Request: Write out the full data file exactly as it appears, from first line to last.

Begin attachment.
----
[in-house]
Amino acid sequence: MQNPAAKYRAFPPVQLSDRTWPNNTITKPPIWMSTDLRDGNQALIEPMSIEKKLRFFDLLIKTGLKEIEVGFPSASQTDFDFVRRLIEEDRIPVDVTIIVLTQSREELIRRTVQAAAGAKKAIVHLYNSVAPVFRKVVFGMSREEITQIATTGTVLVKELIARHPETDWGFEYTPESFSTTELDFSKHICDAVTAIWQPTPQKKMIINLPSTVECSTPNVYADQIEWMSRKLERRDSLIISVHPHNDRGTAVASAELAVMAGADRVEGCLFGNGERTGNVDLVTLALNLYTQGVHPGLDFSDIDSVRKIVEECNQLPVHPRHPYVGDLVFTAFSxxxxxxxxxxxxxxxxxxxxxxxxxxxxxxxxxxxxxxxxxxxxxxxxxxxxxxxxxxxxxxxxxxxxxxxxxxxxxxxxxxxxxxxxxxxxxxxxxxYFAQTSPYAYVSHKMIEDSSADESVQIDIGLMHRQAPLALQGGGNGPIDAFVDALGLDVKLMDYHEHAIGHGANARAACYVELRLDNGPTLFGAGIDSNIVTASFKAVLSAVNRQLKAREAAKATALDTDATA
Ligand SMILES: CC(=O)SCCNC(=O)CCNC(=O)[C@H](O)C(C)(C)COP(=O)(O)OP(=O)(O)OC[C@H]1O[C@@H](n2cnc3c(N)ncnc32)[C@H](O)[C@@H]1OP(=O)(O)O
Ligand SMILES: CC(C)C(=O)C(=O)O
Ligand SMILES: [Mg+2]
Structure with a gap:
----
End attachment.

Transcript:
[in-house]
Amino acid sequence: MQNPAAKYRAFPPVQLSDRTWPNNTITKPPIWMSTDLRDGNQALIEPMSIEKKLRFFDLLIKTGLKEIEVGFPSASQTDFDFVRRLIEEDRIPVDVTIIVLTQSREELIRRTVQAAAGAKKAIVHLYNSVAPVFRKVVFGMSREEITQIATTGTVLVKELIARHPETDWGFEYTPESFSTTELDFSKHICDAVTAIWQPTPQKKMIINLPSTVECSTPNVYADQIEWMSRKLERRDSLIISVHPHNDRGTAVASAELAVMAGADRVEGCLFGNGERTGNVDLVTLALNLYTQGVHPGLDFSDIDSVRKIVEECNQLPVHPRHPYVGDLVFTAFSxxxxxxxxxxxxxxxxxxxxxxxxxxxxxxxxxxxxxxxxxxxxxxxxxxxxxxxxxxxxxxxxxxxxxxxxxxxxxxxxxxxxxxxxxxxxxxxxxxYFAQTSPYAYVSHKMIEDSSADESVQIDIGLMHRQAPLALQGGGNGPIDAFVDALGLDVKLMDYHEHAIGHGANARAACYVELRLDNGPTLFGAGIDSNIVTASFKAVLSAVNRQLKAREAAKATALDTDATA
Ligand SMILES: CC(=O)SCCNC(=O)CCNC(=O)[C@H](O)C(C)(C)COP(=O)(O)OP(=O)(O)OC[C@H]1O[C@@H](n2cnc3c(N)ncnc32)[C@H](O)[C@@H]1OP(=O)(O)O
Ligand SMILES: CC(C)C(=O)C(=O)O
Ligand SMILES: [Mg+2]
Structure with a gap: